Revenue Recognition PrincipleBy matching revenues with expenses the accrual concept became the cornerstone of accounting. By comparing cash with the cost of generating it an investor can develop an understanding for the profitability of a business. There are multiple ways to recognize revenue within Generally Accepted Accounting Principles (GAAP). Even though economic reality is the same, the financial statements may look drastically different depending on which method is chosen.
In accrual basis accounting an attempt is made to record the effects of transactions in the period in which they occur, rather than in the period in which cash is paid or received by a business. To properly determine net income under accrual basis accounting, revenues and expenses must be assigned to the appropriate accounting period. The revenue recognition and matching principles provide the basis for determining net income under accrual basis accounting.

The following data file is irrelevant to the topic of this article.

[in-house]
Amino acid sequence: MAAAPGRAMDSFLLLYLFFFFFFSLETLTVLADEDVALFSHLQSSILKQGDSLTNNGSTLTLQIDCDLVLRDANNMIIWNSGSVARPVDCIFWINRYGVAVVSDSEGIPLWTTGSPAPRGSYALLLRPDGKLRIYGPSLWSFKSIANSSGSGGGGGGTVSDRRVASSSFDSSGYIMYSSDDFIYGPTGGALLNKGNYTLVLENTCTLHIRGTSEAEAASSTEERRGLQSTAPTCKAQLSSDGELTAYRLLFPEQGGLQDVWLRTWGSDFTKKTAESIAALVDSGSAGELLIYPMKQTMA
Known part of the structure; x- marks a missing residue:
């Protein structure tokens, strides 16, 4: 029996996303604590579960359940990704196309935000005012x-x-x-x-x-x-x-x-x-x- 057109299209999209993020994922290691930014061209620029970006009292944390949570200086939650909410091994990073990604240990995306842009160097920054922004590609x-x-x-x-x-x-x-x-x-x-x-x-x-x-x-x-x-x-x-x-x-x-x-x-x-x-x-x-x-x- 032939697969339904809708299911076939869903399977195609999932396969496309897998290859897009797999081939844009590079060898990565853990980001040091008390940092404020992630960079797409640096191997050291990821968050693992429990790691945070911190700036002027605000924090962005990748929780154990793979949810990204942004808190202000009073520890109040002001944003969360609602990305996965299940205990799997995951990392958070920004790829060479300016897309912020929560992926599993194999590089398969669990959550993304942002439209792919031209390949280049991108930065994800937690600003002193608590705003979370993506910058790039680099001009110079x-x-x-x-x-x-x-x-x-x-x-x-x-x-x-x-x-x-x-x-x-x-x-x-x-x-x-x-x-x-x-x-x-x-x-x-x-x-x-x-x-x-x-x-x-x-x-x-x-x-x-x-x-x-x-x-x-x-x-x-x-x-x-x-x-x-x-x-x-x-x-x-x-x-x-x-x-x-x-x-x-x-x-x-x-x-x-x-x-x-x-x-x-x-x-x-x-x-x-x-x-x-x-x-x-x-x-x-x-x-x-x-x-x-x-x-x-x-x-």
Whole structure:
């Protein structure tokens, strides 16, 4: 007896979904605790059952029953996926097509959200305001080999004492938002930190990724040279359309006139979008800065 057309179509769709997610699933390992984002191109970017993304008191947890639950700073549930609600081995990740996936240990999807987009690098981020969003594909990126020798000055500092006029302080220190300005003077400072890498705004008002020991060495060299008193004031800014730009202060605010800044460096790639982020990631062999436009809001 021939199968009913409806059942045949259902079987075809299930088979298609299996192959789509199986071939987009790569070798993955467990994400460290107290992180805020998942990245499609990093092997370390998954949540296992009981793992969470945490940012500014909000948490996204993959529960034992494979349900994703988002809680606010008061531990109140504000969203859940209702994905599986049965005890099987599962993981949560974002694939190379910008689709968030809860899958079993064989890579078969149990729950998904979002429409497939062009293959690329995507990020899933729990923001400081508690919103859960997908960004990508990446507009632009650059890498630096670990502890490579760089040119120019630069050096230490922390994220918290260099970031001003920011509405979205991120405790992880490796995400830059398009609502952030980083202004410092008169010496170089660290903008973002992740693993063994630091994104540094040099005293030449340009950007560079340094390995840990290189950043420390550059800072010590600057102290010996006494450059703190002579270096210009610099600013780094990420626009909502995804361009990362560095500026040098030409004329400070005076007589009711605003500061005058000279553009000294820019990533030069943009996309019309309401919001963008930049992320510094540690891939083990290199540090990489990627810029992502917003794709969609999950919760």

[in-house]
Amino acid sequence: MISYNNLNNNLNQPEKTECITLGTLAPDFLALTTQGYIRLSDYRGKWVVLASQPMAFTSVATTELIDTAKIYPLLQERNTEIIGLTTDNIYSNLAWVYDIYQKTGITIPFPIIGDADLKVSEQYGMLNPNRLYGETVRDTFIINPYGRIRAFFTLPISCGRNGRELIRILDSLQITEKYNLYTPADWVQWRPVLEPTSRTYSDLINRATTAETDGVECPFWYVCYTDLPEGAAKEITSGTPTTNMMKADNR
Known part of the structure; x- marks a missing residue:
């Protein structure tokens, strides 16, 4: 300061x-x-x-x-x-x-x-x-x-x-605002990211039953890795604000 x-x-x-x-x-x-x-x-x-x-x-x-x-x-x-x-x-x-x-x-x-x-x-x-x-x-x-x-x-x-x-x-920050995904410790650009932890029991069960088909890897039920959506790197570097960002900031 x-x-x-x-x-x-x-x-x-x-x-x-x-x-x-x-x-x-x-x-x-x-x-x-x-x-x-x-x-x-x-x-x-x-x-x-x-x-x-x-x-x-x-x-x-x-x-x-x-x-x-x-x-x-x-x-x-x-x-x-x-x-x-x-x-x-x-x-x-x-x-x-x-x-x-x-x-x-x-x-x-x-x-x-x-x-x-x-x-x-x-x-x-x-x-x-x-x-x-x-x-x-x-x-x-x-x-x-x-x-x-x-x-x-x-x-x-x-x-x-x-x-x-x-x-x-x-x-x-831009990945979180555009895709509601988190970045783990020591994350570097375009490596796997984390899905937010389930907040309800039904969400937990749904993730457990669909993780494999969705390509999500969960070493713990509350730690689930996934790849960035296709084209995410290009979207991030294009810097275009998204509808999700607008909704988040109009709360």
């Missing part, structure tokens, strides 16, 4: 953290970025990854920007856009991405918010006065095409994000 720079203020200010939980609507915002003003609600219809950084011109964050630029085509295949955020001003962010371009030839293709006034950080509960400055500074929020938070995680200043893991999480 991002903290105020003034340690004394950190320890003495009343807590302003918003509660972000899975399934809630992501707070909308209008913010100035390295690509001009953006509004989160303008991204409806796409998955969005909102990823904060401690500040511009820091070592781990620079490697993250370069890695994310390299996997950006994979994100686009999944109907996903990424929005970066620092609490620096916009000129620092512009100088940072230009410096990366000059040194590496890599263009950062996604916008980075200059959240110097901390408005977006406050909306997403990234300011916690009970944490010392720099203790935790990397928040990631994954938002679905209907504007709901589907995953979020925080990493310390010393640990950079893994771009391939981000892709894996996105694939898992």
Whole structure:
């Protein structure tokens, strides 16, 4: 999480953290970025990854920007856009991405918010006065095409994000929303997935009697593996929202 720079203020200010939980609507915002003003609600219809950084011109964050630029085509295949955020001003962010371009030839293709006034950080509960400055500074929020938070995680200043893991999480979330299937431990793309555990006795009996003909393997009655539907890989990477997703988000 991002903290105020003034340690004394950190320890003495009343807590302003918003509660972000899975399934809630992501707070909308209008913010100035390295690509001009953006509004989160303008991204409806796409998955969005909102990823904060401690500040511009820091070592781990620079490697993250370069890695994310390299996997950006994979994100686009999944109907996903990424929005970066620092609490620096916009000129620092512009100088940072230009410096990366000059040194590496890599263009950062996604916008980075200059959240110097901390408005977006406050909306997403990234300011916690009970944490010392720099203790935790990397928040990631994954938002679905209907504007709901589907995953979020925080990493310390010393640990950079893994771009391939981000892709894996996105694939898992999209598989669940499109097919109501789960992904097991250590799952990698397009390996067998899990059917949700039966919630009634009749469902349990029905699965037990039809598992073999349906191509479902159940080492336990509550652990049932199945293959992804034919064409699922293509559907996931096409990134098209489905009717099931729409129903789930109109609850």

The revenue recognition principle requires firms to recognize revenues when earned.
Typically this is when a service has been provided, or when goods are delivered. The matching principle attempts to match expenses with the revenues they produce. As a result, expenses are recorded in the same period as the revenues they generated.
While the revenue recognition and matching principles are rather straight forward, their application is often subject to seemingly arbitrary rules and requires the use of estimates(Cooper, Lyman, 2002).
Cash basis accounting is a method of bookkeeping that records financial events based on cash flows and cash position. Revenue is recognized when cash is received and expenses are recognized when cash is paid. In cash-basis accounting, revenues and expenses are also called cash receipts and cash payments.
Cash-basis accounting does not recognize promises to pay or expectations to receive money or service in the future, such as, prepaid payables and receivables, and prepared expenses. This is simpler...